Proac's $6000/pair Response D-28 was making real music connected to Sugden's $3000 CD21SE and $4000 A21SE 30Wpc integrated amplifier. I eyed the 42.5" floorstander, noting its 1" silk dome tweeter and 6.5" midrange/woofer—but I saw no port.
Hansen Audio needed a speaker that wasn't quite as, um, lordly as its $65,000/pair King floorstanders, so Lars Hansen designed the $49,000/pair Emperors. The four driver three-ways are constructed of Hansen's composite matrix material in an enclosure that employs Sound Wave Refraction Distortion Elimination technology. The midrange (7.2") and bass (10.6") drivers are all multilayer composite sandwiches.
DEQX's PDC3 preamp/processor (price tdb) combines an analog preamplifier with a DAC and measurement-driven DSP. In a hotel room with zero treatment, Jon Iverson and I were enthralled by the three dimensional soundstaging of a pair of B&W 805s and a pair of B&W ASW 700s. Nope, it wasn't because the CD player was fabulous, either—it was solid, but not audiophile approved.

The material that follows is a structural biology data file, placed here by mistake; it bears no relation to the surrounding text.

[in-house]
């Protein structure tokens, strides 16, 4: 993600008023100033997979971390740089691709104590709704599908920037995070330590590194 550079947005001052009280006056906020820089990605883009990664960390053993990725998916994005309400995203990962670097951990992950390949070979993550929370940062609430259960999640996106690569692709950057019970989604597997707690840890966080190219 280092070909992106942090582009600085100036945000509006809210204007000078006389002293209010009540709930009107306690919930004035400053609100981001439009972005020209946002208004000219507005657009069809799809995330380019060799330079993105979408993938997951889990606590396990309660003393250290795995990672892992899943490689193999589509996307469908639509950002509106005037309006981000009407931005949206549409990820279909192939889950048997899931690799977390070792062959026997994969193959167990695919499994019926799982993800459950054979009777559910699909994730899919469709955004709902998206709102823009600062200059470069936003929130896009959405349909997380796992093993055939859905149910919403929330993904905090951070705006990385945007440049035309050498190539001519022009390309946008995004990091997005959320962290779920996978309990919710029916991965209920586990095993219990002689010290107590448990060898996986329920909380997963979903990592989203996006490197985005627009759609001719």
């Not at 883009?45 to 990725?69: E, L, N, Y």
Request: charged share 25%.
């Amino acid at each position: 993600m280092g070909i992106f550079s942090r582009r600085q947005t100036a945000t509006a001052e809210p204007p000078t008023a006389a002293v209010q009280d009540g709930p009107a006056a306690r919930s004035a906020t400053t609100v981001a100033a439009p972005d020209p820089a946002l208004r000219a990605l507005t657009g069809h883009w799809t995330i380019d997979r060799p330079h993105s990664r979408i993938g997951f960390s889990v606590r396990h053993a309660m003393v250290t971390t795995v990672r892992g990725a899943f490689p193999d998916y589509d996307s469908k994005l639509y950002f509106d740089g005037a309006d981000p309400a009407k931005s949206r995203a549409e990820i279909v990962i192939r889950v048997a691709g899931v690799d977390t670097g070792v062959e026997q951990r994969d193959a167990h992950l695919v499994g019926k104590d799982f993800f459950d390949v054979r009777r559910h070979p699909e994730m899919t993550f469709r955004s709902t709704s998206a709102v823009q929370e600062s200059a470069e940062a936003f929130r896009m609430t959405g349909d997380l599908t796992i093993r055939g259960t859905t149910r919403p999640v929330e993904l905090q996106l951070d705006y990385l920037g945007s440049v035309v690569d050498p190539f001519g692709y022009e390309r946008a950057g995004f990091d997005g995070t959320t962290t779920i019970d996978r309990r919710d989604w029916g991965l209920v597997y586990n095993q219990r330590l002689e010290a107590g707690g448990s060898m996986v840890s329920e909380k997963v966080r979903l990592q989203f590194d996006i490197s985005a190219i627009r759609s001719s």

Sugden's US importer analog George Stanwick proudly preens with his A21SE 30wpc Class-A integrated amp and CD21SE CD player. What made the Keith Jarrett trio sound so good—was it the electronics or was it the Proac Response D28s?
Roy Hall was blunt as usual. "I'm bringing in some obscenely expensive tubes. They're Telefunken ECC803Ses, which is one of the best tubes available, but Cool Valve measures them and selects the most perfectly matched, and then bonds their EAT Cool Damper to them. The result is lower operational temperatures, longer life, and lower microphonics. They cost . . . "
Naum Dorkhman was chuffed about Audes' new Excellence series of loudspeakers. "I told he engineers to take a blank sheet of paper and make loudspeakers that would satisfy audiophiles, not the bean counters," he said.
If $250 per tube seems too dear, you can supply your own 12AX7, ECC 83, E83CC, 7025, 5751, 7058, 7729, 6681, CV492, CV8156, or 6057—and add Cool Valve's Eat Cool dampers for $40 each, as seen on the right..